Montreal, July 15, 2003 — The Sub-Committee on Libraries of the CREPUQ (Conference of Rectors and Principals of Quebec Universities) is happy to announce it has recently concluded an agreement with Fretwell-Downing Inc. to acquire a licence for the joint exploitation of the ZPortal/VDX software, FD's interlibrary loan and document delivery product.
CREPUQ is a private association of all universities in Quebec. As such, it comprises 18 higher education institutions, 10 of which are part of the Université du Québec network. The CREPUQ library consortium serves a population that exceeds 160 000 students, faculty and researchers. Over 60 libraries belonging to these institutions are scattered throughout the Quebec territory in at least a dozen cities. All of them provide both borrowing and lending services.
Quebec university libraries have long since established a tradition of collaboration based on resource sharing and interlibrary loan. Collectively, they handle around 250 000 ILL requests a year, borrowing and lending, of which a little less than 50% are exchanged among themselves. They receive a significant number of requests from smaller libraries in Quebec, hospitals, schools, government, public or special libraries. Besides, an important share of their ILL transactions involves Canadian university or government libraries outside Quebec, CISTI and the National Library of Canada.
Quebec university libraries were pioneers in the implementation of ISO-protocol compliant ILL management systems: since the early or mid-1990s, they have used either the AVISO software, from A-G Canada, or PEB-U.Q., developed by the Université du Québec. Both these products evolved in the late '80s from the National Library of Canada effort that gave birth to version 1 of the ISO ILL protocol. For the last few years, however, CREPUQ had been looking for a replacement solution to these DOS-based applications that could not communicate with more recent systems complying with version 2 of the ISO protocol and the IPIG profile.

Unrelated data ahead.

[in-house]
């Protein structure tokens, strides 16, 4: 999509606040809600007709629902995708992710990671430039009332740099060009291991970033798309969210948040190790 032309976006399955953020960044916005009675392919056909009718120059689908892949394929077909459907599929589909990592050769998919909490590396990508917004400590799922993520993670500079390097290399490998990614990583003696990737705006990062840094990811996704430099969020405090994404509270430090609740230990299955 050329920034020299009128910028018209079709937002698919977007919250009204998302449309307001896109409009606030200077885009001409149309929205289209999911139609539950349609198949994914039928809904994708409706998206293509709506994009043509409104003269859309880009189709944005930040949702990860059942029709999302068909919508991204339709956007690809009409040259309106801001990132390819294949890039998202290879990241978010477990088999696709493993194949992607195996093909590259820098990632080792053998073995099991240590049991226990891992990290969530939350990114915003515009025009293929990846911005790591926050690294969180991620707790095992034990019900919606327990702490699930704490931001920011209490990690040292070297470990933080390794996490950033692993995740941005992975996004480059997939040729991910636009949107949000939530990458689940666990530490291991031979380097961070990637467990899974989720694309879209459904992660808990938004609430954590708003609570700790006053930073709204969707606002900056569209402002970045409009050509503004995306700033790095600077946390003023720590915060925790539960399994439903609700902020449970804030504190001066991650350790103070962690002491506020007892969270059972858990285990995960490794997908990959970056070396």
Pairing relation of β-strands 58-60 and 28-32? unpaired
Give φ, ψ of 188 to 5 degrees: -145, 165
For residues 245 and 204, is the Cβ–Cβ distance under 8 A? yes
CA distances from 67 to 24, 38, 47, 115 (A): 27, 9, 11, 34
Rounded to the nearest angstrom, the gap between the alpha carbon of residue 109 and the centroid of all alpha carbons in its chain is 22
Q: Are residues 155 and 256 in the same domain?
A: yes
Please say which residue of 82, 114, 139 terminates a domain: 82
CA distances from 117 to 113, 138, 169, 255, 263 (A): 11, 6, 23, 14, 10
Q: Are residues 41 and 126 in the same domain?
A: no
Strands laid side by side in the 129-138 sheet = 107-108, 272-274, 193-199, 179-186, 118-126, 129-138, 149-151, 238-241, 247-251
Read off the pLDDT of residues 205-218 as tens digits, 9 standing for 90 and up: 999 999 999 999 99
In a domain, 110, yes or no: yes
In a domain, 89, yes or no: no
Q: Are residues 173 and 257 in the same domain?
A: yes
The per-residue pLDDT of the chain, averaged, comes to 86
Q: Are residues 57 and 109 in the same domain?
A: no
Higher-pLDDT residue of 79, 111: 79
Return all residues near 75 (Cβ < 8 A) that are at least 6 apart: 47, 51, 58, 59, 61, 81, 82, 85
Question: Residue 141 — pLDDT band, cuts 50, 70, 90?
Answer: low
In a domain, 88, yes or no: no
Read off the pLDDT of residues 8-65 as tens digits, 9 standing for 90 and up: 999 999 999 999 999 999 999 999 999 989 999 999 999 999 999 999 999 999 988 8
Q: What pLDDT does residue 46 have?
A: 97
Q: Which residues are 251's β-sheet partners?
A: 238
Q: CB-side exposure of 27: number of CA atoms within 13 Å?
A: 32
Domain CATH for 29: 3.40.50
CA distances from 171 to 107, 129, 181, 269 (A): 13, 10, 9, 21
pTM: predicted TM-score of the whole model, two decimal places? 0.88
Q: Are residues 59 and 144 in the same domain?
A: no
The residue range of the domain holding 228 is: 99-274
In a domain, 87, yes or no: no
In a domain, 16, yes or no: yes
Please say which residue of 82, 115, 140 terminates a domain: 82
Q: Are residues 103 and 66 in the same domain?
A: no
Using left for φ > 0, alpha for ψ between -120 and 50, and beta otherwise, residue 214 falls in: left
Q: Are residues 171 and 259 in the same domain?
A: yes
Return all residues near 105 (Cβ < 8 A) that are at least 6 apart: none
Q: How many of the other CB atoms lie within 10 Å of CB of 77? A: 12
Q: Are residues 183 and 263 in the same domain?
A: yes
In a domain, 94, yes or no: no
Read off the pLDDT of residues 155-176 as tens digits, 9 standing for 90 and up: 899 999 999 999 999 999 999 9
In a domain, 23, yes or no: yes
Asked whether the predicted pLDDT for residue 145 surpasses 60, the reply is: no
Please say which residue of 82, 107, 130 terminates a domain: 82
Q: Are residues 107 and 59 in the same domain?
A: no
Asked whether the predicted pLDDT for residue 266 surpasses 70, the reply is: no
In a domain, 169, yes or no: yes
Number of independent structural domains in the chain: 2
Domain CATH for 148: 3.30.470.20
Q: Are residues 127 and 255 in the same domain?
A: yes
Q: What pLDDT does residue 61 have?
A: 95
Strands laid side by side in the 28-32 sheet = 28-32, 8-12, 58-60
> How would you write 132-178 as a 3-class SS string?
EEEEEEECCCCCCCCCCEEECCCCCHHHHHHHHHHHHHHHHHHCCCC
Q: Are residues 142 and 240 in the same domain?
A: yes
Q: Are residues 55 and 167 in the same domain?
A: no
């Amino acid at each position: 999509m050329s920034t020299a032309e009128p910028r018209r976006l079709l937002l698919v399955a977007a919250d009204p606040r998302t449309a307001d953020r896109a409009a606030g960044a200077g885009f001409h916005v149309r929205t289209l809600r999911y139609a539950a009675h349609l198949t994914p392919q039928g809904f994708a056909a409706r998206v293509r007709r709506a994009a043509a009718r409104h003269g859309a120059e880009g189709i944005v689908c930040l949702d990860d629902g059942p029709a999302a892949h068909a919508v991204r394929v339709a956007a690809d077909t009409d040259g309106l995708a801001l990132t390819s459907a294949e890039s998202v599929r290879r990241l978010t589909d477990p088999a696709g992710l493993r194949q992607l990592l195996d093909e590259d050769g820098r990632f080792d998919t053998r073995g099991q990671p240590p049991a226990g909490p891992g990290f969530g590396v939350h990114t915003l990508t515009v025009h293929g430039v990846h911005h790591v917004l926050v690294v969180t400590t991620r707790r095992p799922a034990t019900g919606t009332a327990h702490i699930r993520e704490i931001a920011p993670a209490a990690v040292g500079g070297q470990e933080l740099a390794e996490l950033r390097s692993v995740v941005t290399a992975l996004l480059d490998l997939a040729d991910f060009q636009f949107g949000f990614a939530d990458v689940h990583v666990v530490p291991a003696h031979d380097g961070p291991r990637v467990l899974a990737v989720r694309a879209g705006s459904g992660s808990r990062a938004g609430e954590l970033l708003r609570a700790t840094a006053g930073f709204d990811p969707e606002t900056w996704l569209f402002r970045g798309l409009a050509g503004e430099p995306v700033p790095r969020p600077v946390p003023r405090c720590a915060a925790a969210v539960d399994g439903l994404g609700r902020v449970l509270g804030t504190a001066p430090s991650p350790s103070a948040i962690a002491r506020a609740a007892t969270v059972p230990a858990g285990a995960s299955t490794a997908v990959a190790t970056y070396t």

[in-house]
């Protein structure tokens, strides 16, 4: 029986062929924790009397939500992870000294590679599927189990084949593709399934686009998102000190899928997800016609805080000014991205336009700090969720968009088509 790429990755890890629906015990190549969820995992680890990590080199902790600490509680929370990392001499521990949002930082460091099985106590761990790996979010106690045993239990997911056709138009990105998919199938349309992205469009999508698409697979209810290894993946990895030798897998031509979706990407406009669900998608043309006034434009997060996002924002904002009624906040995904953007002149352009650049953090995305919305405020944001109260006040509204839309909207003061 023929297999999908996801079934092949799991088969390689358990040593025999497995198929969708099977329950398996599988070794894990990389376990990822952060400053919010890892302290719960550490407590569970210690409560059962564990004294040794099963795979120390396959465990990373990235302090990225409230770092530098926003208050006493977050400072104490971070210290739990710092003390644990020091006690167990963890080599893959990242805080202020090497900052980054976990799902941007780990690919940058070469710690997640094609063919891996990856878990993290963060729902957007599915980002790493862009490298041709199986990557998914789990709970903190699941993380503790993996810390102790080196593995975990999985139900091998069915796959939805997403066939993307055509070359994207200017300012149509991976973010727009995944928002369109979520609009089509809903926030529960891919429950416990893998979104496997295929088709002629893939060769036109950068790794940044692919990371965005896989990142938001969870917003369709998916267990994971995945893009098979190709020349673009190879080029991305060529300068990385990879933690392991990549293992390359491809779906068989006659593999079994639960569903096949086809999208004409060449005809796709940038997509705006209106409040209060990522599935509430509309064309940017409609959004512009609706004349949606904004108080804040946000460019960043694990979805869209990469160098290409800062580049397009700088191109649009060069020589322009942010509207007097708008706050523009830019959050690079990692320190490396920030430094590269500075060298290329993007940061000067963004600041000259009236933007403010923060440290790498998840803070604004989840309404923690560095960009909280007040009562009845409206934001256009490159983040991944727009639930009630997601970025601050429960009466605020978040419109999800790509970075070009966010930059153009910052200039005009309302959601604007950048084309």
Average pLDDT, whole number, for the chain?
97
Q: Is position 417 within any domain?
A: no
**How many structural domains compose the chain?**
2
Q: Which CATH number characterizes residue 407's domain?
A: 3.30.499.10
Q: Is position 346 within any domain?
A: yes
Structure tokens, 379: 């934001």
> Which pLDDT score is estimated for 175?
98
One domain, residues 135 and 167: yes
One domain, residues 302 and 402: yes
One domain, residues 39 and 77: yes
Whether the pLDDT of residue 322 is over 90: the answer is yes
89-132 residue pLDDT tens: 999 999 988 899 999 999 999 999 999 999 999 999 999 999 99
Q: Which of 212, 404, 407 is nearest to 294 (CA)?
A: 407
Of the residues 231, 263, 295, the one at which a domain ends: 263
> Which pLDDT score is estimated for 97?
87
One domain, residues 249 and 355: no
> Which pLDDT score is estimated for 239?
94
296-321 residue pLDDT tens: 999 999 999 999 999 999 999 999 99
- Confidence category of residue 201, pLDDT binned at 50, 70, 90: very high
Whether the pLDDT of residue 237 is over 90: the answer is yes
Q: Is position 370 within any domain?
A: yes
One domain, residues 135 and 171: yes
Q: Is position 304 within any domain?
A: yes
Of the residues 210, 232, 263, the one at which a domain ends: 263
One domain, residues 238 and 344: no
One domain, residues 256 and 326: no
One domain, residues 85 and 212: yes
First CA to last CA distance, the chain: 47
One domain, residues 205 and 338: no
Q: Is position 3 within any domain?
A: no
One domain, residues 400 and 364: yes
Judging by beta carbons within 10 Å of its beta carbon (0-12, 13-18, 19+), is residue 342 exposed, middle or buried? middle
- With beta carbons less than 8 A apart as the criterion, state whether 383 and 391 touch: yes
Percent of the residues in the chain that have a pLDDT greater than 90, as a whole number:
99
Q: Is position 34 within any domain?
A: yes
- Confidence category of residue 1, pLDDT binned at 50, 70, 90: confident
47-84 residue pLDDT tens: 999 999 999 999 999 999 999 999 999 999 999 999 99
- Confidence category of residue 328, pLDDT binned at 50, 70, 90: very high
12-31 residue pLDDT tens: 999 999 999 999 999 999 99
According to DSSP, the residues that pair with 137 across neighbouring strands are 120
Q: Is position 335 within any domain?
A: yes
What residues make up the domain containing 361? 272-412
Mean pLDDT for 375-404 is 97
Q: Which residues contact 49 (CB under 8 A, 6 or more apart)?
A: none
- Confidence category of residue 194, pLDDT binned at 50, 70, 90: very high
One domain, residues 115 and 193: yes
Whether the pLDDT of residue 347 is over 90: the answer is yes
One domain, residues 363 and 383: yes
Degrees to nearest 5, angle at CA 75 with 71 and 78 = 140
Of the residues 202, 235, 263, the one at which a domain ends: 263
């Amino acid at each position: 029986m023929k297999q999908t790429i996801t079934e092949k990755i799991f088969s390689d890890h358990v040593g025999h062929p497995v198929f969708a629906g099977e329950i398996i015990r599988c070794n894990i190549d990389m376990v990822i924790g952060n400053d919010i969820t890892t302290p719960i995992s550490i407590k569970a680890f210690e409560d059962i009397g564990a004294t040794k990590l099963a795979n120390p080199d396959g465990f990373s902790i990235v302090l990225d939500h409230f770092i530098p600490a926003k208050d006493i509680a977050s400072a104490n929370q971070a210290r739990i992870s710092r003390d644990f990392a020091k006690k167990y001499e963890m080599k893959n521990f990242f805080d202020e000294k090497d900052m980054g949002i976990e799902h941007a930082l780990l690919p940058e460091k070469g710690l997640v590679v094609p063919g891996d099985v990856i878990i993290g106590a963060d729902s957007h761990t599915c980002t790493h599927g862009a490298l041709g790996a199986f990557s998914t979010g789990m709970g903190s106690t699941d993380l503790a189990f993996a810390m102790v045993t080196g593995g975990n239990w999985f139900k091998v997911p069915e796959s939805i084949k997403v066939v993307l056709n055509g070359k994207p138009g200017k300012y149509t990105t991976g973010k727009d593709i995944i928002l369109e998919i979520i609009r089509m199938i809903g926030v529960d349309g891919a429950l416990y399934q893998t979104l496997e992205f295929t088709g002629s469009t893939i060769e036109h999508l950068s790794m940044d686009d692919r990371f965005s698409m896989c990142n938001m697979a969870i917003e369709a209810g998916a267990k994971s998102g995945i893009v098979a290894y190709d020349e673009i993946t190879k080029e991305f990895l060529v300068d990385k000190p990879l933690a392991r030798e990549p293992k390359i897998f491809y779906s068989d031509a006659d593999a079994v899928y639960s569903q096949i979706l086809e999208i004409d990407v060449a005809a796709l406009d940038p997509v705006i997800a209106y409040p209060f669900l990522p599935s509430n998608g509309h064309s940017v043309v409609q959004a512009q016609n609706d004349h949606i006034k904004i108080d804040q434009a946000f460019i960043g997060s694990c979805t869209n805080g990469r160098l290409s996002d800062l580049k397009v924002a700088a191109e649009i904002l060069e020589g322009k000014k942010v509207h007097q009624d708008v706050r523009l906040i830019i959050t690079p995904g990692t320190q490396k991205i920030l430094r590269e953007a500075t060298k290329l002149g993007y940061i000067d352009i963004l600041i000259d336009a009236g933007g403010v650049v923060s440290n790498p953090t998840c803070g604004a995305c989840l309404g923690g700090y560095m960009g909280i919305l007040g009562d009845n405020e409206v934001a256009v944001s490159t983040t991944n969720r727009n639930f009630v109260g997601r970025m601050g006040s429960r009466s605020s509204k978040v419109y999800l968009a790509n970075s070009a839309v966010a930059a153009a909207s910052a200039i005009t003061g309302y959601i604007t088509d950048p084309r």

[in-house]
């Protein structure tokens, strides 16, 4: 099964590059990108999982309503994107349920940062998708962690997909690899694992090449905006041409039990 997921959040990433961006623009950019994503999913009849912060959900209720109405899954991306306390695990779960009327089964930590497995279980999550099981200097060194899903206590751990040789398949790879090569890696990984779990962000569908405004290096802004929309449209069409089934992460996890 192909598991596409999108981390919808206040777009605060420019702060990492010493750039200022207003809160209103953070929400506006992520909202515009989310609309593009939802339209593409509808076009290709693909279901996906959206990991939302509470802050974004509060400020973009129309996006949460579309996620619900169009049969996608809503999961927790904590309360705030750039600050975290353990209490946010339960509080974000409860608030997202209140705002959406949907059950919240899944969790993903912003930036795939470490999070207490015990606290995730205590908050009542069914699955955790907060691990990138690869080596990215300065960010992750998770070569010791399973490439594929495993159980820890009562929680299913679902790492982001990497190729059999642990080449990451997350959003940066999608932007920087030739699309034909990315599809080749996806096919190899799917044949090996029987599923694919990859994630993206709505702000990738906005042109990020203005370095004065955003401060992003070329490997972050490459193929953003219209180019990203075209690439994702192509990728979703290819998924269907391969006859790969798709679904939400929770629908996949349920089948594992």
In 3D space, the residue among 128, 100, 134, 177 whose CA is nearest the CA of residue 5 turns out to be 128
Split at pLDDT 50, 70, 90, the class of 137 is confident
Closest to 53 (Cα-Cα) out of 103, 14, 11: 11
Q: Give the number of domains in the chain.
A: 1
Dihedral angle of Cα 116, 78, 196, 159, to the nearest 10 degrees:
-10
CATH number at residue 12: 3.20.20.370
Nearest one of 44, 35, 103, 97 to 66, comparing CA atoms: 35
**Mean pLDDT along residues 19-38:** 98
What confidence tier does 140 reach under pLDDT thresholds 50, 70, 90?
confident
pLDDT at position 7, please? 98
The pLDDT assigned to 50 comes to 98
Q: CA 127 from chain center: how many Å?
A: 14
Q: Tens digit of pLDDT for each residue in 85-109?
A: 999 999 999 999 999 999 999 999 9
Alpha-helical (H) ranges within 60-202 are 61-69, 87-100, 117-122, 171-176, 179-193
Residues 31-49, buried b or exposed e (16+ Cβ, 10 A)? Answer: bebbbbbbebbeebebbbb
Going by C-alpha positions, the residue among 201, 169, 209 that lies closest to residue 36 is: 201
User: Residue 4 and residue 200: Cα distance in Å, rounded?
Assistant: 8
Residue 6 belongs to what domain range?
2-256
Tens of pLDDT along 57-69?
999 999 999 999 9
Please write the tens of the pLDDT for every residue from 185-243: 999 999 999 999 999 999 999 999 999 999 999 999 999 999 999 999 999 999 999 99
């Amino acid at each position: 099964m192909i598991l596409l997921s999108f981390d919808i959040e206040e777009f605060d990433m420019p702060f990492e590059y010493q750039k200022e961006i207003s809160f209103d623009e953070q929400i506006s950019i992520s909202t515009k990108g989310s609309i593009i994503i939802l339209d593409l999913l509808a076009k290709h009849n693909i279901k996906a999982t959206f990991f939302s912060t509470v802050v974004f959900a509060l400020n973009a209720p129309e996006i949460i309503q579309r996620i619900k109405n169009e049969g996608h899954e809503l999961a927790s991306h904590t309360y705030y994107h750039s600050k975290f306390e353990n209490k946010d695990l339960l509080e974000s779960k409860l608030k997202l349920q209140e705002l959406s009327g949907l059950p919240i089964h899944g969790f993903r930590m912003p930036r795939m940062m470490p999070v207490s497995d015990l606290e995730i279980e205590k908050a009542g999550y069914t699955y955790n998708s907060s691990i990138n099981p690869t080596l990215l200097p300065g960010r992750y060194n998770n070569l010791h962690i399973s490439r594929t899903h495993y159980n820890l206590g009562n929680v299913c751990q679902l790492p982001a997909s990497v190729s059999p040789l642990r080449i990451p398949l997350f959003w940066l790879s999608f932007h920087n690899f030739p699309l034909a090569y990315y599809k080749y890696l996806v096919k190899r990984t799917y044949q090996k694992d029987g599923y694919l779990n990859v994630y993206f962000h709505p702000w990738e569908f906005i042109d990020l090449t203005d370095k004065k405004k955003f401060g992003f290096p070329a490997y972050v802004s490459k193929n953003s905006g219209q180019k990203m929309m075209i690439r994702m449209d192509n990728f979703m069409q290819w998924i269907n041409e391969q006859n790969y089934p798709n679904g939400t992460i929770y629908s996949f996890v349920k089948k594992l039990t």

Acquisition of the VDX system has been the result of a long and fairly elaborate selection process. This product was finally chosen over half a dozen other commercial products, mainly because it was considered the best suited to the Canadian open ILL environment, which over the years has relied more on peer-to-peer interaction than access to central utilities. The LIDDAS experience in Australia and, just next door, the OCUL (Ontario Council of University Libraries) RACER project were in that sense particularly inspiring. It was also felt that FDI was especially open and competent in the application of the multiple standards that support communication between different multi-component systems: CREPUQ libraries have implemented a variety of OPACs and library systems, both commercial and in-house.
Implementation of VDX poses a special challenge to the CREPUQ because 15 institutions have a French-speaking clientele while the remaining 3 work in English. FDI has agreed to install 2 instances of the software, thus allowing everyone to work in their preferred language. 'Most users will not be aware that the system has been divided like this. And FDI can help with easing the task of synchronising the configuration of both systems so that reference data only has to be entered once in order to appear in both systems.' – Ed Davidson, VDX Product Manager.
Ms. Louise Thibaudeau, Head Librarian at the École de technologie supérieure and President of the CREPUQ Sub-Committee on Libraries, is confident that 'with the ILL protocol being supported by more and more major partners, plus the sophisticated new functions provided by VDX to manage the identification, location and delivery of documents to the end-users, CREPUQ is making an important step towards its goal of developing an academic and research virtual library for Quebec'.